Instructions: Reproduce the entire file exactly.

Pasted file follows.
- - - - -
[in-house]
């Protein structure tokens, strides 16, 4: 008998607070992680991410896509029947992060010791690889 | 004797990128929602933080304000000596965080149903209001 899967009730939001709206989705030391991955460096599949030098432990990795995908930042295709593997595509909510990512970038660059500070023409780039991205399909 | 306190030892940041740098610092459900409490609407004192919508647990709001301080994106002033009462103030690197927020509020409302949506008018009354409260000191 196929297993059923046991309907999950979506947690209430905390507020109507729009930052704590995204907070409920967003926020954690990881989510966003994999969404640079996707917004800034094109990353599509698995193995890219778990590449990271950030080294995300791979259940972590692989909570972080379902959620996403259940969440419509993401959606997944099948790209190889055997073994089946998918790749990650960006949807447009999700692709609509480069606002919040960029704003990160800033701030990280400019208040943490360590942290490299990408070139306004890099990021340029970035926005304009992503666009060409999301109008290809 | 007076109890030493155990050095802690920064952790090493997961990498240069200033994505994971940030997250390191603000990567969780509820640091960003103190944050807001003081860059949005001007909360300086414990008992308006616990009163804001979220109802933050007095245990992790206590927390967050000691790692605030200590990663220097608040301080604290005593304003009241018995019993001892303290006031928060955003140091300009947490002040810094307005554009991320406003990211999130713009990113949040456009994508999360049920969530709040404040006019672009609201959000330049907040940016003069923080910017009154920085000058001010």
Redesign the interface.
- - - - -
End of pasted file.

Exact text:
[in-house]
């Protein structure tokens, strides 16, 4: 008998607070992680991410896509029947992060010791690889 | 004797990128929602933080304000000596965080149903209001 899967009730939001709206989705030391991955460096599949030098432990990795995908930042295709593997595509909510990512970038660059500070023409780039991205399909 | 306190030892940041740098610092459900409490609407004192919508647990709001301080994106002033009462103030690197927020509020409302949506008018009354409260000191 196929297993059923046991309907999950979506947690209430905390507020109507729009930052704590995204907070409920967003926020954690990881989510966003994999969404640079996707917004800034094109990353599509698995193995890219778990590449990271950030080294995300791979259940972590692989909570972080379902959620996403259940969440419509993401959606997944099948790209190889055997073994089946998918790749990650960006949807447009999700692709609509480069606002919040960029704003990160800033701030990280400019208040943490360590942290490299990408070139306004890099990021340029970035926005304009992503666009060409999301109008290809 | 007076109890030493155990050095802690920064952790090493997961990498240069200033994505994971940030997250390191603000990567969780509820640091960003103190944050807001003081860059949005001007909360300086414990008992308006616990009163804001979220109802933050007095245990992790206590927390967050000691790692605030200590990663220097608040301080604290005593304003009241018995019993001892303290006031928060955003140091300009947490002040810094307005554009991320406003990211999130713009990113949040456009994508999360049920969530709040404040006019672009609201959000330049907040940016003069923080910017009154920085000058001010």
Redesign the interface.